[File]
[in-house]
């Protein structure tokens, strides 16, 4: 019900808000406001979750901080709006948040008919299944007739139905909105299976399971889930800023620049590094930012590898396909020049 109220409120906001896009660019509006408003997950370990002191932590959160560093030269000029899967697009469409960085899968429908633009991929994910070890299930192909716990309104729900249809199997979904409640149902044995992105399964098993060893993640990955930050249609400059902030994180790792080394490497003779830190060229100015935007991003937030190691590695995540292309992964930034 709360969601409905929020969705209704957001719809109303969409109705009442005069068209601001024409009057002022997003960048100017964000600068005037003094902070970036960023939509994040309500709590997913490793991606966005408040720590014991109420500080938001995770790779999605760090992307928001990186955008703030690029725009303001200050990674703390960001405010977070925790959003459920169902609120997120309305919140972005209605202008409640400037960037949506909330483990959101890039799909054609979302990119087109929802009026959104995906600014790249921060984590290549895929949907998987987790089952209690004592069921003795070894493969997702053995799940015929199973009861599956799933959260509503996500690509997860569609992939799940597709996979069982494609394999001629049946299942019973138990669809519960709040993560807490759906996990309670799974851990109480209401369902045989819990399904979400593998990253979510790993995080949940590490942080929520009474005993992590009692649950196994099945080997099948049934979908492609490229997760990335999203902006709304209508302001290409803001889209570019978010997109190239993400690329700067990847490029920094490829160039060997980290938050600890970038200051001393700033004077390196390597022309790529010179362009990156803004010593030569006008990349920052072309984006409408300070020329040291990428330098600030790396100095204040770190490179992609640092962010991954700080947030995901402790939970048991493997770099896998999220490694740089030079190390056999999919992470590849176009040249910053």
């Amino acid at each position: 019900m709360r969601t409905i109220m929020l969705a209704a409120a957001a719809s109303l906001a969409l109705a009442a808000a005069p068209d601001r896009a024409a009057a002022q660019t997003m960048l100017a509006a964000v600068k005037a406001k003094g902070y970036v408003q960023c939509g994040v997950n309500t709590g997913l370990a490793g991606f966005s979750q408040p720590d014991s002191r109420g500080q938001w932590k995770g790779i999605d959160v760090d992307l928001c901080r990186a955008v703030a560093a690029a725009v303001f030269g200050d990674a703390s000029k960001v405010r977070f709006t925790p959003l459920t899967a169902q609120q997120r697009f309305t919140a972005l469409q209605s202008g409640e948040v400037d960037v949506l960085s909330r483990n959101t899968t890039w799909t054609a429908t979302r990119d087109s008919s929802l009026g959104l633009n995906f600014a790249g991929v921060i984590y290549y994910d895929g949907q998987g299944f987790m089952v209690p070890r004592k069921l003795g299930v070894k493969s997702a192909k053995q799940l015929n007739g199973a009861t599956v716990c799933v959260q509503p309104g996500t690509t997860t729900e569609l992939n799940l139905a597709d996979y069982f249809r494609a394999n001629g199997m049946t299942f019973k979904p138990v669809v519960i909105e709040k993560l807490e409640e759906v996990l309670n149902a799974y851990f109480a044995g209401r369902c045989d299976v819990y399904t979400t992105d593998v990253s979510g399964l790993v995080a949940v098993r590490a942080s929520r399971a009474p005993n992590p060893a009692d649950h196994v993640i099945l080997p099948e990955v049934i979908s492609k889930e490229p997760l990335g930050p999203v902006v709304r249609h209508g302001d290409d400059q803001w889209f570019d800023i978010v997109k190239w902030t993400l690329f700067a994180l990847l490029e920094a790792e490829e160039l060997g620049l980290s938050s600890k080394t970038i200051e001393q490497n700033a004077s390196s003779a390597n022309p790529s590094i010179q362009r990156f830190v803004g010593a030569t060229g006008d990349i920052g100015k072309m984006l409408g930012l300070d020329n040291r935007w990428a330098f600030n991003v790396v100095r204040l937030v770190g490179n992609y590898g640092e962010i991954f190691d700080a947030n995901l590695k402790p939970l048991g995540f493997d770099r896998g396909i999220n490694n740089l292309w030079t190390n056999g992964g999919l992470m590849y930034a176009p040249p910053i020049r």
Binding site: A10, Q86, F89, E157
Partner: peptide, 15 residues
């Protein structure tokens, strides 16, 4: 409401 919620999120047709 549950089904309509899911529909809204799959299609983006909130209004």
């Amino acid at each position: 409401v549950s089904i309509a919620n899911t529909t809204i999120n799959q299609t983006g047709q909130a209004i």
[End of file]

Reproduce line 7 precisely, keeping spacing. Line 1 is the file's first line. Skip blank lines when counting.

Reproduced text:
């Amino acid at each position: 409401v549950s089904i309509a919620n899911t529909t809204i999120n799959q299609t983006g047709q909130a209004i």